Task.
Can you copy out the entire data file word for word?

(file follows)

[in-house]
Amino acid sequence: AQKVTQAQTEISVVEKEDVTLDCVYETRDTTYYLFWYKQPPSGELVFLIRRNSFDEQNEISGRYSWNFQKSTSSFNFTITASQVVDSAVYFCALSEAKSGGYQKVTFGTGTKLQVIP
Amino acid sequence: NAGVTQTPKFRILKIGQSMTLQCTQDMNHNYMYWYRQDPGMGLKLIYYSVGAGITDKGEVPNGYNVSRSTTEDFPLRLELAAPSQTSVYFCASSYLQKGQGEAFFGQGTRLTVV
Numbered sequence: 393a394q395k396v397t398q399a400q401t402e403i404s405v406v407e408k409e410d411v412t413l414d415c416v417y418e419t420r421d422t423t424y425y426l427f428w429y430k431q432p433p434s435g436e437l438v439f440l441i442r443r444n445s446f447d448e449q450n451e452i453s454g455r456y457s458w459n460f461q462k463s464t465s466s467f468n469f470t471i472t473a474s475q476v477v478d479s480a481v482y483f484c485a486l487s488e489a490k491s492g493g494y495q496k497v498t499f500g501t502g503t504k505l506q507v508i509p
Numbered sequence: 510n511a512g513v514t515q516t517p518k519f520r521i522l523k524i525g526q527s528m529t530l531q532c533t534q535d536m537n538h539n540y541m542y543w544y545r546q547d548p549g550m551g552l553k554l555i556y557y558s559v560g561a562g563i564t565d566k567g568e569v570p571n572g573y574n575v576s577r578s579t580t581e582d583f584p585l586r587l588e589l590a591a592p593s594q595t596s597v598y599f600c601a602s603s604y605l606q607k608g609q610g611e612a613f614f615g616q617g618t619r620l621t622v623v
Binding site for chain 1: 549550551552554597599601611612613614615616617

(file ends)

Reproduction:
[in-house]
Amino acid sequence: AQKVTQAQTEISVVEKEDVTLDCVYETRDTTYYLFWYKQPPSGELVFLIRRNSFDEQNEISGRYSWNFQKSTSSFNFTITASQVVDSAVYFCALSEAKSGGYQKVTFGTGTKLQVIP
Amino acid sequence: NAGVTQTPKFRILKIGQSMTLQCTQDMNHNYMYWYRQDPGMGLKLIYYSVGAGITDKGEVPNGYNVSRSTTEDFPLRLELAAPSQTSVYFCASSYLQKGQGEAFFGQGTRLTVV
Numbered sequence: 393a394q395k396v397t398q399a400q401t402e403i404s405v406v407e408k409e410d411v412t413l414d415c416v417y418e419t420r421d422t423t424y425y426l427f428w429y430k431q432p433p434s435g436e437l438v439f440l441i442r443r444n445s446f447d448e449q450n451e452i453s454g455r456y457s458w459n460f461q462k463s464t465s466s467f468n469f470t471i472t473a474s475q476v477v478d479s480a481v482y483f484c485a486l487s488e489a490k491s492g493g494y495q496k497v498t499f500g501t502g503t504k505l506q507v508i509p
Numbered sequence: 510n511a512g513v514t515q516t517p518k519f520r521i522l523k524i525g526q527s528m529t530l531q532c533t534q535d536m537n538h539n540y541m542y543w544y545r546q547d548p549g550m551g552l553k554l555i556y557y558s559v560g561a562g563i564t565d566k567g568e569v570p571n572g573y574n575v576s577r578s579t580t581e582d583f584p585l586r587l588e589l590a591a592p593s594q595t596s597v598y599f600c601a602s603s604y605l606q607k608g609q610g611e612a613f614f615g616q617g618t619r620l621t622v623v
Binding site for chain 1: 549550551552554597599601611612613614615616617